If we joke that some healthcare workers have a “God complex” – aloofness combined with a blithe confidence in their powers – then the god being imitated is not that of John’s Gospel. We need doctors and caregivers who do what Jesus does in John: Those who will confidently act, trusting God’s healing power made present through them, but also lament that suffering remains.
This world is filled with complex and devastating illnesses such as cancer or AIDS in which we make great strides but then also seem to suffer setbacks. We continue to battle obesity, cholera, or malaria; we watch as pollution, corrupt governments, and greed suck medical resources or mangle health care delivery for those desperate for aid. In response, some become embittered; others hide from such unpleasantness or finally despair.
As Christians, we need not shy away from such realities, for we know that this world is still being rescued. We know the end of the story, that heaven will one day fully invade the earth (e.g., “thy kingdom come on earth as it is in heaven”). But that kingdom is here-but-not-yet.
When we mourn, we do so as a sign and witness that this world is not the way our Lord intends. When our responses to disease and death are positive platitudes such as “It’s all good” or its Christianized equivalents “It’s all for the best,” or “She’s in a better place now,” we reveal an unwillingness to be vulnerable to others’ pain. As evangelicals (and unlike the psalmists), we sometimes seek to excuse God for the trauma of human life. We might think, “He’s gonna make it all ok, so I better let people know I am not losing my faith by seeming unmoved by disease and death.”.
Jesus does not seem to need an excuse to weep about losing a friend. He feels more than, “Hey, great, another opportunity for the kingdom.” He also feels, “Dear God, this world is one of tremendous sorrow, too great to bear at times.”
In a culture drowning in ads for things that will make us feel better (by rendering us more sexually appealing, smarter, healthier, hipper, etc.), there are people who wonder, “Are we all on the same planet? I am sad: about my illness, my divorce, my unfulfilled dreams, my family’s ugly past, the millions of AIDs orphans in Africa. Is there something other than the victory of decay and violence?” Health care workers can ill afford a superficial faith that denies or avoids such suffering.
Again, we see this in Christ, particularly in the Gospel of John. We know by looking at Jesus what it means to be a person of mercy and truth. He models for us a willingness to be vulnerable to others’ suffering. In the Lazarus story, we witness something we do not expect from the God-Man: grief. In the weeping Christ, we glimpse the surprising God who created the universe, but also takes humanity’s plight on himself.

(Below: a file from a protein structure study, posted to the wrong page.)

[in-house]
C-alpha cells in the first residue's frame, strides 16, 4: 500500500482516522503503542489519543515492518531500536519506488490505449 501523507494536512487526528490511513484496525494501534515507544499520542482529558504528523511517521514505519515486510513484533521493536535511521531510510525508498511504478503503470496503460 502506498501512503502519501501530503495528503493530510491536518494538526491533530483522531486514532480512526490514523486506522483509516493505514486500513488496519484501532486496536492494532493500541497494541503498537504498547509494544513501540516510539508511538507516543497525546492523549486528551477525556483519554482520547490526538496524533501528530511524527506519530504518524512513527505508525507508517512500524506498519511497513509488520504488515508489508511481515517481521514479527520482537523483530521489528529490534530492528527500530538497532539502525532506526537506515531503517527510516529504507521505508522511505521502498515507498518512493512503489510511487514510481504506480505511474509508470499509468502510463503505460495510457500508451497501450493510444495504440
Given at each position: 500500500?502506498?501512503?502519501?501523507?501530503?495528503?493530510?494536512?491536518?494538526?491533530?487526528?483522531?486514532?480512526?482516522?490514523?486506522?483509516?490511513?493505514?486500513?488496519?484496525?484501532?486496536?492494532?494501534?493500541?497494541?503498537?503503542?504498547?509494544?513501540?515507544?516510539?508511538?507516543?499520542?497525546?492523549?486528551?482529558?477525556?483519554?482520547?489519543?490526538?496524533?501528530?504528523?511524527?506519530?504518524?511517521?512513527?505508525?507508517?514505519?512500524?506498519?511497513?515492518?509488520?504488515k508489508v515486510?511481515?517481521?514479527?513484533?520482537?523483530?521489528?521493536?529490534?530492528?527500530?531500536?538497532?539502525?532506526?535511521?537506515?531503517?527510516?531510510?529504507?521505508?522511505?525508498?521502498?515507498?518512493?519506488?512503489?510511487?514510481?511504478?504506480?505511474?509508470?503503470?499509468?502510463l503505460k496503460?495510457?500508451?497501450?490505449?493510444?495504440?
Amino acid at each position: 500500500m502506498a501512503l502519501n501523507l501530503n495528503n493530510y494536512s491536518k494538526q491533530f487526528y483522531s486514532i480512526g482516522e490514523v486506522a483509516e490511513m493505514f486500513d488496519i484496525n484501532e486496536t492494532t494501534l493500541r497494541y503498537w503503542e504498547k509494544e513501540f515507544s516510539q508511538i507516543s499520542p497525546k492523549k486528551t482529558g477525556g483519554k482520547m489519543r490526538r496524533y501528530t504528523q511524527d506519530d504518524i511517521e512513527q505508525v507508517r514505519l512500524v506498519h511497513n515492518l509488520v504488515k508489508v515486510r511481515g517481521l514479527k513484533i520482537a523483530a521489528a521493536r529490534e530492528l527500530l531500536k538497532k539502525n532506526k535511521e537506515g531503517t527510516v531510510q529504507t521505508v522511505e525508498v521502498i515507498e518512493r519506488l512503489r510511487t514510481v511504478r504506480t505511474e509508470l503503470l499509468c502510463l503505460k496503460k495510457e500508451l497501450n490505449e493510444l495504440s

But this vulnerability is not mere sadness at the human condition. Jesus offers himself to grief knowing that such hope relies on God’s power to redeem misery, to raise the dead; don’t forget those exultant phrases in John 11 about life! So when we participate in others’ sufferings through lament, we also proclaim the resurrection in small ways-- with one foot in eternity with Christ and in his victory over death.
The regular practice of mourning works against burnout. If others’ sadnesses have no place to go – if they are not rightly placed in God’s hands as the psalmist models – then we risk two equally dangerous outcomes. We might shut out others’ pain, becoming bitter, failing to see our patients as persons, and resenting their agony or discomfort. Alternatively, we might become overwhelmed by such sorrows. We may well crack under such false sense of importance, failing to tend to our own health or to other relationships that sustain us. We may become depressed or manic, tempted to use pleasures or people as a means of hiding or disguising our pain.
When I speak about the need for health care workers to lament, there is the obvious focus of patients’ illness and pain. Beyond that, we also mourn for our own human limitations, failures, or mistakes. We further regret the fractures of systems and institutions that do not serve patients effectively. With too many patients and too little time and resources, there’s no shortage of areas in health care that contain shadows.
I encourage health care workers – from doctors to nurses to administrators and chaplains – to integrate practices of lament into personal as well as communal practices. The psalms offer pre-phrased prayers as well as models for how to lament (and rage) before God. Sometimes we pray them on our own behalf and sometimes for others.
Such mourning can also be done communally when possible in churches, small groups, or even work places. One of my students served as a nurse in an overseas women’s hospital. Because the death of their children was relatively common, mothers placed amulets around their necks to ward off evil. Those who lost children often resisted shedding tears; their culture encouraged them to ignore their feelings and move on. As Christians who instinctively understood the dual nature of hope, the staff gently encouraged the women to grieve for their babies and offered to say prayers or simply sit with them while they cried or held their child.
It is through embodied practice of these two aspects of hope – compassionate action and active lament – that all of us proclaim the gospel, but health care workers do this in a unique way and with a sustained attentiveness few other jobs require. In this, they imitate the One who was full of mercy and truth, the Great Physician who entrusts to us his ministry of healing and hope, until His kingdom of shalom comes fully, and every tear is finally wiped away by his hand (Rev 7:17 and 21:4).
Brueggemann, Walter. “The costly loss of lament,” Journal for the Study of the Old Testament, no. 36 Oct 1986, p 57-71.
Davis, Ellen. Getting Involved with God: Rediscovering the Old Testament, Cowley (2001).
Hauerwas, Stanley. “Salvation and Health: Why Medicine Needs the Church,” reprinted in Lysaught et al, On Moral Medicine: Theological Perspectives in Medical Ethics (3rd edition), Eerdmans, (2012), pp. 43-51
Mohrmann, Margaret. Medicine as Ministry: Reflections on Suffering, Ethics, and Hope. Pilgrim Press, 1995.
Swinton, John. Raging with Compassion: Pastoral Responses to the Problem of Evil. Eerdmans, 2007.
Erin Dufault-Hunter is an Assistant Professor of Christian Ethics at Fuller Theological Seminary’s School of Theology. Before joining the Fuller faculty in 2006, she received several awards for excellence in teaching at the University of Southern California, where she earned her Ph.D. She is a longtime member of Pasadena Mennonite Church, where she regularly participates in the music team and occasionally preaches.